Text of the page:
UNLV Fights

A lot of student-athletes have played sports both contact and non, however fight sports are a world unto themselves. All the safety gear worldwide still can’t mitigate whatever about getting hit, choked, or joint-locked. These sports aren’t for everyone, that’s why they call them Rebels.


In the fight capital of the world, UNLV Boxing has been an example for specialists of the sweet science on school since 1996. While the sport isn’t really extensive among university schools, here it’s a vital link between the UNLV and the culture of the city writ big.

The city’s highest-profile professional athlete, Floyd Mayweather, Jr., has actually used UNLV Boxing’s dedicated gym the McDermott Physical Education structure in the past, as has professional Joseph Parker.

Boasting around 30 active members, UNLV just recently saw its own, Michael Alvarez, reach the finals of the 147-pound National Collegiate Boxing Association regionals. The club’s leaders– president Daniela Rodriguez, vice president Xavier Williams and treasurer Arjan Jousif– wish to raise the profile of amateur boxing on school and in the city to a level befitting the world’s center of professional boxing.

Participation isn’t really for everybody– about half of people who come to try the sport leave it as soon as they get struck– however it does have certain advantages.

” As a lady, [self-defense] is among the main reasons I like it, in addition to a tension relief,” senior pre-professional biology student Rodriguez stated. “It’s a fantastic stress relief to punch a bag often.”

The discipline had to box has carryover impacts into the rest of an academic career, as well.

” When you remain in a fight, you have that worry in your soul, like ‘I’m frightened for my life although I understand I have the skills, the capability to beat this individual,'” junior business significant Williams stated. “If you can get in there and risk your life, you can do anything you put your mind to. You take that into the real life, you’re unstoppable.”


When upon a time, UNLV boasted a nationally ranked NCAA battling team. Given that 1984, though, the sport has been fallow on school. In 2015 Drew O’Neill, a doctoral trainee in mathematics, changed that, assisting get wrestling off the ground as a club sport with an eye on bring back the team to its approved splendor.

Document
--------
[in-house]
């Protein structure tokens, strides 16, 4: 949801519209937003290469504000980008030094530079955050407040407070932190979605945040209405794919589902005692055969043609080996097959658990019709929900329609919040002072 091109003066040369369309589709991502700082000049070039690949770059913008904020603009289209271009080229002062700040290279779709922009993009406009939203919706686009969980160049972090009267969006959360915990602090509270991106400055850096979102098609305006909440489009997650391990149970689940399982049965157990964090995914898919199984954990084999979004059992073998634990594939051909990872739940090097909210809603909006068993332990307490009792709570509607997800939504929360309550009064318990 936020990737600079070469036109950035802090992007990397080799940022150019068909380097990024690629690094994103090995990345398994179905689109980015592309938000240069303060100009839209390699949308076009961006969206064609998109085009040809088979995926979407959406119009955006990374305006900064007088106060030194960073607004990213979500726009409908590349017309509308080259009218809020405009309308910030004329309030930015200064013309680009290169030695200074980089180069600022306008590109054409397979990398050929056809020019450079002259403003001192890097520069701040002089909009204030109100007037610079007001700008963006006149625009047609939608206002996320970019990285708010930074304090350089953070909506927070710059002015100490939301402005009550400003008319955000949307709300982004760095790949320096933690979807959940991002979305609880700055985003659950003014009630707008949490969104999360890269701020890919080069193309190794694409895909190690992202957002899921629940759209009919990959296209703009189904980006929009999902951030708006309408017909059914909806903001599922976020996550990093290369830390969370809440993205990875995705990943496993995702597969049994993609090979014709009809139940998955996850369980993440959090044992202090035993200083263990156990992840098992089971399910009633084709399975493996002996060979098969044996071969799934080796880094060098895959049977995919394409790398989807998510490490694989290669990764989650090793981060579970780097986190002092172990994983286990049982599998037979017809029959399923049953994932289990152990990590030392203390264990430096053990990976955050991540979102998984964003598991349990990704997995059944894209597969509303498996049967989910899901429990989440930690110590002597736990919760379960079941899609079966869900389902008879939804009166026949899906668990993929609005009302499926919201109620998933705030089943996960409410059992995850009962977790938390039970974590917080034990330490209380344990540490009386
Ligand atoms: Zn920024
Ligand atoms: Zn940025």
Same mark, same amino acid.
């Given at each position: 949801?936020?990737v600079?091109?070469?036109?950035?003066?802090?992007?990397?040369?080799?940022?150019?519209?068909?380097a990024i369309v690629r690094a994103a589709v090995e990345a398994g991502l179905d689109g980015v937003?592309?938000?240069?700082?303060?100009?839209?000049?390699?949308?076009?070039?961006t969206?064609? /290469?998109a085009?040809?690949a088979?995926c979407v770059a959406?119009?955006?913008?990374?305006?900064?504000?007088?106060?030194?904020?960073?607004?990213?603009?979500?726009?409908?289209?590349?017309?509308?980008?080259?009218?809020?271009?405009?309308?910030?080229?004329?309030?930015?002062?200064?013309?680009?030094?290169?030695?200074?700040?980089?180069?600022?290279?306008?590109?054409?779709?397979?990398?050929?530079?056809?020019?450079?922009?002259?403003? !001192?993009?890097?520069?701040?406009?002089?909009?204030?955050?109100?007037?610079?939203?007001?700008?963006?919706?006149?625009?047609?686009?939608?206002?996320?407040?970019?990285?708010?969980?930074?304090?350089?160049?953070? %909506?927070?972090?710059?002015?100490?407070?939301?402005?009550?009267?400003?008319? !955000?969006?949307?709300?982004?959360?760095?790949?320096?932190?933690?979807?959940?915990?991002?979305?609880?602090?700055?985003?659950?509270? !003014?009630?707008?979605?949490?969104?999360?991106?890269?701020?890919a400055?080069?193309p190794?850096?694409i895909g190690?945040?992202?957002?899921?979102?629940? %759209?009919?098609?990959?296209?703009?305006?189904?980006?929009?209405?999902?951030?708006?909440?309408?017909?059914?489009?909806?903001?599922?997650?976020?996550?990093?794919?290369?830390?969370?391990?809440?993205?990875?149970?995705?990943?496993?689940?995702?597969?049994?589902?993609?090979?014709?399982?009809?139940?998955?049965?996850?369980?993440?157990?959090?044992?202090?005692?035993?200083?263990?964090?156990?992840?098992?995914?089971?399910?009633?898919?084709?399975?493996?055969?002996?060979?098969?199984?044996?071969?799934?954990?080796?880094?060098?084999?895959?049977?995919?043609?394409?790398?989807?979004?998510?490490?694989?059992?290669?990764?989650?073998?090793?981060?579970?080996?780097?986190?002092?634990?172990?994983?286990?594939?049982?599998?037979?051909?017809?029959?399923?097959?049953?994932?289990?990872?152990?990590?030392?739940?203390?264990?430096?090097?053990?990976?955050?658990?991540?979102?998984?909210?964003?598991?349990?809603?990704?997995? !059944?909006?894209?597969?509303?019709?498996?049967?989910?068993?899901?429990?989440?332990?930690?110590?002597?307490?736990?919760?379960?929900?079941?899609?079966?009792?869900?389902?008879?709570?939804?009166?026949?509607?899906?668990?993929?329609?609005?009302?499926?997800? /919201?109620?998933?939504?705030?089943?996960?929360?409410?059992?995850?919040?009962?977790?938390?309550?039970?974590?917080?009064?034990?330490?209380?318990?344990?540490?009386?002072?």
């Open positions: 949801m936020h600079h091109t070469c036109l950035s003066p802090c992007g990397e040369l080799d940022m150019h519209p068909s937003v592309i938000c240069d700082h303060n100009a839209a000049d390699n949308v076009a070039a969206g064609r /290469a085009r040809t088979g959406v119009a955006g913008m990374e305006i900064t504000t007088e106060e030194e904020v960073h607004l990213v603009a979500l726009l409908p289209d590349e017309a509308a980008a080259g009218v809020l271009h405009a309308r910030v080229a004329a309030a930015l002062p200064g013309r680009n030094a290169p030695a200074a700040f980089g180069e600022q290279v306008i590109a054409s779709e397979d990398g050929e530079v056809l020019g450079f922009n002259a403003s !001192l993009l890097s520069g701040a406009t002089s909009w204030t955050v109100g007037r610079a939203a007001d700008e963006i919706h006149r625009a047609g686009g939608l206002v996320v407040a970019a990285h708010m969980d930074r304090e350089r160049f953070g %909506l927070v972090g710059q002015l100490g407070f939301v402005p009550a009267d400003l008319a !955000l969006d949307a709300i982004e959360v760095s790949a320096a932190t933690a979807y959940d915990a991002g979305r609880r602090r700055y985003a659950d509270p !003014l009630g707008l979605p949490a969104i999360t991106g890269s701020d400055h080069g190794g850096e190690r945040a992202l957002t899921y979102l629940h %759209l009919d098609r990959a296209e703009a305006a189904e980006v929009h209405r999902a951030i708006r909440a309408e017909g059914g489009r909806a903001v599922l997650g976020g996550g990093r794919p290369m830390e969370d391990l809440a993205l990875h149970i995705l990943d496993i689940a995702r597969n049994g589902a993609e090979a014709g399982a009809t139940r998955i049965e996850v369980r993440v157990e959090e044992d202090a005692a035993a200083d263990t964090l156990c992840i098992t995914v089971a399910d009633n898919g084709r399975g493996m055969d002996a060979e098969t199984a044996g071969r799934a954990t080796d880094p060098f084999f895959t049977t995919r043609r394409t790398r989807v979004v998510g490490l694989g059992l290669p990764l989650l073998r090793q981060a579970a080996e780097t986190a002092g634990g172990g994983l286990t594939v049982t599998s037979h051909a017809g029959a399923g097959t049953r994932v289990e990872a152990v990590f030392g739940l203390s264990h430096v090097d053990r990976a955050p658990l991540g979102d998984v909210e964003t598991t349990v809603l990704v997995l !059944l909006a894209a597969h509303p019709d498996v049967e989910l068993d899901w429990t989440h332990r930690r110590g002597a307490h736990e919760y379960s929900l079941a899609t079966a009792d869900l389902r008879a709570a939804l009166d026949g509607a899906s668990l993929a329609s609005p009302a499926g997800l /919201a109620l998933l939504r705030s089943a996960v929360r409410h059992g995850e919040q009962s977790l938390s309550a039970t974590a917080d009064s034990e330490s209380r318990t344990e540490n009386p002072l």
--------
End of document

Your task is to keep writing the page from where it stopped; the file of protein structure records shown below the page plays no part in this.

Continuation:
With 15 student-athletes, UNLV Fumbling completed in 2015 in the National Collegiate Wrestling Association’s Division 2, against regional schools like University of California, Los Angeles; Fresno State; and Dixie State.

With a foundation board led by UFC fighter Miesha Tate, the wrestling club has allies in its corner, however it still would need to create sufficient money– and find a compatible females’s sport to bring along– if it were to increase into the NCAA ranks. O’Neill, however, thinks it might be a possibility within 2 years.

” All these people are coming out of high school, although they’re 18, they’ve trained their entire lives to battle. They’ve nearly mastered a sport, then they come here and that’s all that’s gone,” O’Neill said. “The least I can do is get them some sort of competitors.”


A young club, UNLV Taekwondo has just been around given that 2015. Co-founded by psychology significant Anthony Riviera and now-alumna Lazara Gonzalez, this 22-member organization is for both veteran and new professionals of the Korean martial art.

Though the club, which boasts two black belts, does not currently travel to competition, Riviera hopes to quickly see the group begin to square up with trainees from other clubs at UNR and Arizona State.

” You can go to a fitness center every day and see the exact same faces and lift weights and all that,” Riviera stated. “But going to a fitness center and training with other individuals is different; you’re walking around and you’re striking and finding out the best ways to effectively strike.

And, he said, you’re building abilities like cooperation. “It’s an excellent bonding time with other similar individuals. It builds camaraderie, and it’s a great stress relief. College is demanding. Even for the smartest individuals it’s difficult. Taekwondo is a great way to launch, and it’s a good way of being active.”


In the blended martial arts capital, it’s no surprise that UNLV’s Jiu-Jitsu Club has actually been in operation for Ten Years.

Though this isn’t cage-fighting– strikes aren’t allowed at all– the UNLV club does practice full-contact, with the name of the video game requiring a challenger to submit from a joint lock or choke hold. With 30 active members, UNLV Jiu-Jitsu is a signed up trainee company, however finishing club president and history significant Michael McNeiece hopes it as soon as again becomes a competitive club sport.

“There’s a lot of jiu-jitsu professionals (among the student body) who aren’t active in the club, and I think that would change if we were a main sports club, going to competitions as the main UNLV jiu jitsu team,” he stated.

That would likewise make it much easier to raise funds to grow the club and spend for tournament costs. “The sport is expensive, sadly. It shouldn’t be. On its face, it’s a very little art; I just require another person to choke, and I can get better at jiu-jitsu,” he said. “But every gym is over $100 a month. Every piece of clothes is $50. Competition entries are $100 each. All of it adds up.”

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